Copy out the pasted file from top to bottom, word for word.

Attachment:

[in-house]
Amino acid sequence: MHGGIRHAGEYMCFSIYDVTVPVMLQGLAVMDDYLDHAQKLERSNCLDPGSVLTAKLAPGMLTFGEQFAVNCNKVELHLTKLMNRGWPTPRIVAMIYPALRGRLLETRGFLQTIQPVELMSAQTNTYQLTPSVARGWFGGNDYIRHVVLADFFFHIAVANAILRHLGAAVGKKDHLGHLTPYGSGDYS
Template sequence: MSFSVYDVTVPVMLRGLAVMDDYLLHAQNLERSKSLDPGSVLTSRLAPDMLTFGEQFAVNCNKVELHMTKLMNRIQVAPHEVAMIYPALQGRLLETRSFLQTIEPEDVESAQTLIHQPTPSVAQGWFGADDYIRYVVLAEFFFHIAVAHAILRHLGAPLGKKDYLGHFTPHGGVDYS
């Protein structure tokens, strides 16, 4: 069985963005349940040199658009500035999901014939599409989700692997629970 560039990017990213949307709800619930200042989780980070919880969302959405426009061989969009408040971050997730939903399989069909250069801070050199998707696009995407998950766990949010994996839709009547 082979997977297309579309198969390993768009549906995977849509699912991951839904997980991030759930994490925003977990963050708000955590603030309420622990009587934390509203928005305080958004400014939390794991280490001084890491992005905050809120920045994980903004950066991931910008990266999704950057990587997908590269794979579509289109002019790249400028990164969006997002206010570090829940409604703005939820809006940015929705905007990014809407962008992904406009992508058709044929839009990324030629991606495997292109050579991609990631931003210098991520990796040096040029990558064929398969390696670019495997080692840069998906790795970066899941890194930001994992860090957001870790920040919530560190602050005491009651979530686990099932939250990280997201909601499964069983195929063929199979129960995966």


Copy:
[in-house]
Amino acid sequence: MHGGIRHAGEYMCFSIYDVTVPVMLQGLAVMDDYLDHAQKLERSNCLDPGSVLTAKLAPGMLTFGEQFAVNCNKVELHLTKLMNRGWPTPRIVAMIYPALRGRLLETRGFLQTIQPVELMSAQTNTYQLTPSVARGWFGGNDYIRHVVLADFFFHIAVANAILRHLGAAVGKKDHLGHLTPYGSGDYS
Template sequence: MSFSVYDVTVPVMLRGLAVMDDYLLHAQNLERSKSLDPGSVLTSRLAPDMLTFGEQFAVNCNKVELHMTKLMNRIQVAPHEVAMIYPALQGRLLETRSFLQTIEPEDVESAQTLIHQPTPSVAQGWFGADDYIRYVVLAEFFFHIAVAHAILRHLGAPLGKKDYLGHFTPHGGVDYS
């Protein structure tokens, strides 16, 4: 069985963005349940040199658009500035999901014939599409989700692997629970 560039990017990213949307709800619930200042989780980070919880969302959405426009061989969009408040971050997730939903399989069909250069801070050199998707696009995407998950766990949010994996839709009547 082979997977297309579309198969390993768009549906995977849509699912991951839904997980991030759930994490925003977990963050708000955590603030309420622990009587934390509203928005305080958004400014939390794991280490001084890491992005905050809120920045994980903004950066991931910008990266999704950057990587997908590269794979579509289109002019790249400028990164969006997002206010570090829940409604703005939820809006940015929705905007990014809407962008992904406009992508058709044929839009990324030629991606495997292109050579991609990631931003210098991520990796040096040029990558064929398969390696670019495997080692840069998906790795970066899941890194930001994992860090957001870790920040919530560190602050005491009651979530686990099932939250990280997201909601499964069983195929063929199979129960995966």